Friday, October 30, 2015

#CollisionWithFame: John Denver, October 12 1997

John Denver was born in Roswell, New Mexico, where his father was an Air Force flight instructor. He started playing guitar at age 12, and in 1964 he dropped out of Texas Tech to start a music career. John changed his last name from Deutschendorf to Denver to make his name fit on a club marquee.  In 1965 he joined the Chad Mitchell Trio, leaving three years later to pursue a solo career. He emerged as a musical talent when he wrote “Leaving on a Jet Plane” in 1967.  The song was initially recorded by the Mitchell Trio, but emerged as a major hit in 1969 when Peter, Paul, and Mary covered the song and it went to #1 on the Billboard charts.  The song continued to be a cover favorite, having been recorded by numerous jazz, rock, pop, country, and hip-hop artists, plus Frank Sinatra.

His first album, Rhymes and Reasons, was released in 1969 and included his recording of “Leaving on a Jet Plane.” Two additional albums followed in 1970 (Whose Garden Was This? and Take Me to Tomorrow), but it was in 1971 that his album Poems, Prayers, and Promises which contained his breakout hit “Take Me Home, Country Roads”

Wednesday, October 28, 2015

#CollisionWithFame: A Tale of Three Governors

Earl Snell
October 28, 1947: Governor Earl Snell (R-OR) and Oregon Secretary of state Robert S. Farrell Jr., and senate president Marshall E. Cornett died when their plane crashed on the way to go bird hunting in rural Oregon. Pilot Cliff Hogue encountered stormy weather and crashed near Klamath Falls, Oregon, killing all four men.  On January 25, 1962, Governor Donald Nutter (R-MT) is killed when the C-47 Skytrain he is flying on encountered a destructive snow storm north of Helena.  Hurricane-force winds tore the wings from the craft, which crashed into Wolf Creek Canyon, killing both Nutter and all of his party.  Nutter was a decorated flyer who had won the Distinguished Flying Cross during World War II. And, on April 19, 1993, Governor George Mickelson (R-S.D.) was returning from Ohio on a state-owned Mitsubishi MU-2B-60 when an engine failed (the propeller broke) and the plane crashed into a grain silo near Zwingle, Iowa, killing all eight persons on board.

Tuesday, October 27, 2015

#CollisionWithFame: The Jake Lamotta Coincidence

On October 27, 1949 middleweight fighter and former WBA champion Marcel Cerdan was flying to Spain to fight Jake LaMotta (the “Raging Bull”).  Cerdan had lost the title to LaMotta earlier that year.  The Air France Constellationhe was aboard crashed off the Azores, killing all passengers and crew.  On September 2, 1998 SwissAir flght 111, an MD-11, crashed off Nova Scotia killing 229 persons, including LaMotta’s son, 49-year-old Joseph LaMotta.   The younger LaMotta was flying to Geneva to negotiate European distribution of the Jake LaMotta tomato sauce brand.  The SwissAir crash was a result of faulty wiring in the wide-body craft, and the elder LaMotta sued Swissair and Boeing for $50 million.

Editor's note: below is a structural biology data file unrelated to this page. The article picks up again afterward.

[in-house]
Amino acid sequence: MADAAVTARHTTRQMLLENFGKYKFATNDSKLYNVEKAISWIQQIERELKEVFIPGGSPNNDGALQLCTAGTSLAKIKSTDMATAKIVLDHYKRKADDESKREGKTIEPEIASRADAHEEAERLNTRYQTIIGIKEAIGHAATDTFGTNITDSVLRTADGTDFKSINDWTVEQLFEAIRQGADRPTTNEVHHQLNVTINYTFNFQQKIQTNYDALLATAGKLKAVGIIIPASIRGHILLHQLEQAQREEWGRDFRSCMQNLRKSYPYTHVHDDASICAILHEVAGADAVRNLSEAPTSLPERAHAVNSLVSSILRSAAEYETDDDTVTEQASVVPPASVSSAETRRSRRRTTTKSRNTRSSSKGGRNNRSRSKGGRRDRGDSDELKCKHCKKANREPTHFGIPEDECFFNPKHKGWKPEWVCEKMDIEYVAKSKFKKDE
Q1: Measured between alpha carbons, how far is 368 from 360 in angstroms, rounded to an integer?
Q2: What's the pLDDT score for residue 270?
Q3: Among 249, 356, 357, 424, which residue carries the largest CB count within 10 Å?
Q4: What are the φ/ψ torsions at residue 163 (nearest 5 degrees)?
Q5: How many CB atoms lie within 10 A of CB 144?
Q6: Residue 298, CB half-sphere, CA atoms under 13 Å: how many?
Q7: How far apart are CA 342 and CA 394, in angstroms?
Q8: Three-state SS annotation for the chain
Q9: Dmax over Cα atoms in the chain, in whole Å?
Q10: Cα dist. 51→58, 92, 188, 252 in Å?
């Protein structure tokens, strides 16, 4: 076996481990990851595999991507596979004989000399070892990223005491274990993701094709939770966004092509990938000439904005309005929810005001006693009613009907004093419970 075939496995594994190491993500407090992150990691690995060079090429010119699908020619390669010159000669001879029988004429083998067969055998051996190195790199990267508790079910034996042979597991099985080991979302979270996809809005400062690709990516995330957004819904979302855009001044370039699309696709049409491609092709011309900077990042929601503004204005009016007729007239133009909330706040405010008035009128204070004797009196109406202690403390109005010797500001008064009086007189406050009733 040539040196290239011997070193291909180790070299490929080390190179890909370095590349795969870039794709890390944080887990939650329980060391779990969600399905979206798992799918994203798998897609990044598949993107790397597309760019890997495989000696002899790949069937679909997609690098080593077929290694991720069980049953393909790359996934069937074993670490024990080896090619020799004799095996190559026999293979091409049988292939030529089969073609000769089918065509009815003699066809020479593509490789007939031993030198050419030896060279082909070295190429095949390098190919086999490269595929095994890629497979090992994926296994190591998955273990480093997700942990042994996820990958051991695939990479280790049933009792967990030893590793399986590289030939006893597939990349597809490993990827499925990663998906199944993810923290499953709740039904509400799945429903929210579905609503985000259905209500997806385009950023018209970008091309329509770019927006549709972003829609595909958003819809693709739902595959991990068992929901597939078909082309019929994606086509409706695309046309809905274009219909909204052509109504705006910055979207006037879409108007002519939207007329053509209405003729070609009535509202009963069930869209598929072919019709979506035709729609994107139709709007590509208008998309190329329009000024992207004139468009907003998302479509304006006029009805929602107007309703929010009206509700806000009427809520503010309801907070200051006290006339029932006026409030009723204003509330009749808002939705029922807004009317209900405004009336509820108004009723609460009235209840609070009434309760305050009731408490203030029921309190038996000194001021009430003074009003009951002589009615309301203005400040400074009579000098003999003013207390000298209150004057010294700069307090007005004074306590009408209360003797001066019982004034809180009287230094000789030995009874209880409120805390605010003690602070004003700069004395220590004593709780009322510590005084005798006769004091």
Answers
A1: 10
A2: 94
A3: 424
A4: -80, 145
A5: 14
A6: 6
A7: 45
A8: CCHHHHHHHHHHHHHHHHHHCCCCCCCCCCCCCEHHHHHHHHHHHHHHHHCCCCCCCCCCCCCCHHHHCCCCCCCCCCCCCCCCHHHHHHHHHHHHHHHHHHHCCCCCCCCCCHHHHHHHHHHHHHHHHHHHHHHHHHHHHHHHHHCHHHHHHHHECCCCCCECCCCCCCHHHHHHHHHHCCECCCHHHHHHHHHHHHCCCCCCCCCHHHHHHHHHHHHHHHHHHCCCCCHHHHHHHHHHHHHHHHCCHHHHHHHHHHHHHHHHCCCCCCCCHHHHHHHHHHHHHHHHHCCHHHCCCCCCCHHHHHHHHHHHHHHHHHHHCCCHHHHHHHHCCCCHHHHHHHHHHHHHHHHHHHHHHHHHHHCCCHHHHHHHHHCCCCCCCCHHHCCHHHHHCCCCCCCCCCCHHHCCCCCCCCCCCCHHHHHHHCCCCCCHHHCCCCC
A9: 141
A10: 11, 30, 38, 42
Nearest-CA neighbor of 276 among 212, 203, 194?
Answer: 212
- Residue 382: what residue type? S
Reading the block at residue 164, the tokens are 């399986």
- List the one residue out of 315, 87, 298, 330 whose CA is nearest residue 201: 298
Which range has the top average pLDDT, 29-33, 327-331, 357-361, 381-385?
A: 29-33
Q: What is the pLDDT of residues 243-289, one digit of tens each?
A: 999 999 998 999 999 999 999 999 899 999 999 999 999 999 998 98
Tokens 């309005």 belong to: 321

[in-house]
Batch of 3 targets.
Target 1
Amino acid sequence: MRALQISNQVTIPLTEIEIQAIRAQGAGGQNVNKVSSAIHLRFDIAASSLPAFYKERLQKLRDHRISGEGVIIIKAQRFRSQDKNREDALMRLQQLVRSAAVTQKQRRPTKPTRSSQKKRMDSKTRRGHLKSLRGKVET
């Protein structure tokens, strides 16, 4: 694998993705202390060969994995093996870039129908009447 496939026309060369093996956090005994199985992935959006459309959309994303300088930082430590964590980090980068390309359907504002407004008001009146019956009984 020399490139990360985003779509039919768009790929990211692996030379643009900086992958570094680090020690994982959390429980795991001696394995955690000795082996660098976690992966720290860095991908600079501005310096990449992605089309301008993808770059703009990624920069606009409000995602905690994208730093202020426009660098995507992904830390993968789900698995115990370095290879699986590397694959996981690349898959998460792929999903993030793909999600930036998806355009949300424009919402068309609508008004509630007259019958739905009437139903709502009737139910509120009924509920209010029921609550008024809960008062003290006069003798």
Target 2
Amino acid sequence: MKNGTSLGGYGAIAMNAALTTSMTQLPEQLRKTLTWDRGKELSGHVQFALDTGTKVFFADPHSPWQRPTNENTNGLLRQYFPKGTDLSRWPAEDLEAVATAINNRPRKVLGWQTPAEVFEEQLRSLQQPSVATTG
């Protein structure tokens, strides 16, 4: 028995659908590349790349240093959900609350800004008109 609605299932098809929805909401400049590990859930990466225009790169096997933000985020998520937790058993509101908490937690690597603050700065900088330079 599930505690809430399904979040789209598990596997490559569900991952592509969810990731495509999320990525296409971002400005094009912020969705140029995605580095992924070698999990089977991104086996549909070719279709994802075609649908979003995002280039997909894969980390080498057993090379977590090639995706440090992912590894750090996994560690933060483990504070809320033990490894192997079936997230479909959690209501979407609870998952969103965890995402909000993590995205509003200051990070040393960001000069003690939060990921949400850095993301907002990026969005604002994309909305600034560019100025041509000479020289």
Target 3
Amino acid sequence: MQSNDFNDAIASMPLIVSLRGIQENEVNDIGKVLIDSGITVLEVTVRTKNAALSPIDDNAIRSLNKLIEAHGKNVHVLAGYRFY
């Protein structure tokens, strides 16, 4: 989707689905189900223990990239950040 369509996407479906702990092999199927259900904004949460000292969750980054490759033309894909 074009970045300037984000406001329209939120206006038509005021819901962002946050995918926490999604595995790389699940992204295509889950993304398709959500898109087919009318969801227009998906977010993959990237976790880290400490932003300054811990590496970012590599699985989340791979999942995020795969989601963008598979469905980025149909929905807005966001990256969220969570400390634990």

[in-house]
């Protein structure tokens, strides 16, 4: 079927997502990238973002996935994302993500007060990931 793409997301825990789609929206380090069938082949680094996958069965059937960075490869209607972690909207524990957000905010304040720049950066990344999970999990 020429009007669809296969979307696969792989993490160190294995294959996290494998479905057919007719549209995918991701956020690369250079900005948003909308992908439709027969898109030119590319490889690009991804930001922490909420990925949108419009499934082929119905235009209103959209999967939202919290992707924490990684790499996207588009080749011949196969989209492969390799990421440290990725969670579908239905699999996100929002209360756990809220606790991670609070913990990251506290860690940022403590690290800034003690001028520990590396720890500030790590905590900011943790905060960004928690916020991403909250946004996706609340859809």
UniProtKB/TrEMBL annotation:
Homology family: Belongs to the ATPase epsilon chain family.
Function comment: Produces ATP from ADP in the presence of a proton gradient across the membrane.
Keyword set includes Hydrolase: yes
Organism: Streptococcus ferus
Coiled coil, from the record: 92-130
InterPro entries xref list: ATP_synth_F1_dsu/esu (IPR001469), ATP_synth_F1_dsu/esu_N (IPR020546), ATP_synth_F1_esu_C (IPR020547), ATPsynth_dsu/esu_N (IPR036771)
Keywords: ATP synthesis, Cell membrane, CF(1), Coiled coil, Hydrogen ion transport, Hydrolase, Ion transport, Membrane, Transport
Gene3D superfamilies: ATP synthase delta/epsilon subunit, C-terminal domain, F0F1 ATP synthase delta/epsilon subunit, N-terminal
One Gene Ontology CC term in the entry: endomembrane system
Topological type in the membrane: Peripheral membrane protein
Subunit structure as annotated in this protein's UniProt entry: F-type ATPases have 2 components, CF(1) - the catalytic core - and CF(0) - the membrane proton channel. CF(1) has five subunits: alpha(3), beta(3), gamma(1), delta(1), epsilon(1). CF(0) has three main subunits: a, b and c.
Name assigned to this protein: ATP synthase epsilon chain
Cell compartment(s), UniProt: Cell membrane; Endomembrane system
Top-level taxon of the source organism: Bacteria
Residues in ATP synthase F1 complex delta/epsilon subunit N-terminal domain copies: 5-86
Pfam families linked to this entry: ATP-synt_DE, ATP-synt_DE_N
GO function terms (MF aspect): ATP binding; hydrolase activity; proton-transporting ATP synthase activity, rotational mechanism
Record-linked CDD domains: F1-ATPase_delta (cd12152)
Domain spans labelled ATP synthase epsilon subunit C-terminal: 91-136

Monday, October 26, 2015

#CollisionWithFame: Payne Stewart, October 25, 1999

“The wind bloweth where it listeth, and thou hearest the sound thereof, but canst not tell whence it cometh, and whither it goeth.” John 3:8

October 25 1999: Six men boarded the Lear 35 at Orlando International – golfer Payne Stewart, and his agents Van Arden and Robert Fraley, plus Stewart’s golf course designer-partner Bruce Borland and two pilots.  The flight was supposed to go from Orlando, to Dallas, and then on to Houston. For the owner of the jet, US Open Champion Payne Stewart, this was business combined with more business, scouting out a possible golf course site in Dallas and then going on to Houston to play in the Tour Championship.  At age 42, Stewart was at the top of his game and on top of the world.

Saturday, October 24, 2015

#CollisionWithFame: Jeff Burkett, October 24, 1947

Jeff Burkett, the rookie punter for the Chicago Cardinals, was one of 53 people who died when United Air Lines flight 608, a DC-6, exploded over Bryce Canyon, Utah. The flight was headed from Los Angeles to Chicago. During a fuel transfer the overflow leaked and was ignited by the cabin heater combustion air intake scoop. When the cabin heater came on, an explosion and fire destroyed the plane killing all 53 aboard. The Civil Aeronautics Board blamed both design flaws and the failure of the crew in training and performance. Burkett was in LA because the Cardinals were playing the Los Angeles Rams.  The rookie punter from out of LSU had suffered an appendicitis attack and missed both the game (lost by Chicago) and the team flight home.  At the time he was the league’s leading punter, averaging 47.4 yard per kick. The Cardinals nonetheless went on to win the NFL title behind the play of former Maxwell Award winner Charley Trippi (UGA), who also took over the punting.

Friday, October 23, 2015

#CollisionWithFame: US Senator Paul Wellstone, October 25 2002:

Paul Wellstone always blazed his own path.  A former championship wrestler, who grew in northern Virginia, he had wrestled at UNC, taking a BA and also a Ph.D. in political science.  In 1969 he moved to Minnesota, taking a faculty position at Carleton College and becoming as well known for his liberal activism as for his scholarship (he had written a well-received book, How the Rural Poor Got Power, published in 1978).  In 1990, Wellstone challenged incumbent Republican Senator Rudy Boschwitz for the US Senate seat from Minnesota, defeating the incumbent by 37,000 ballots despite being outspent by almost $5 million.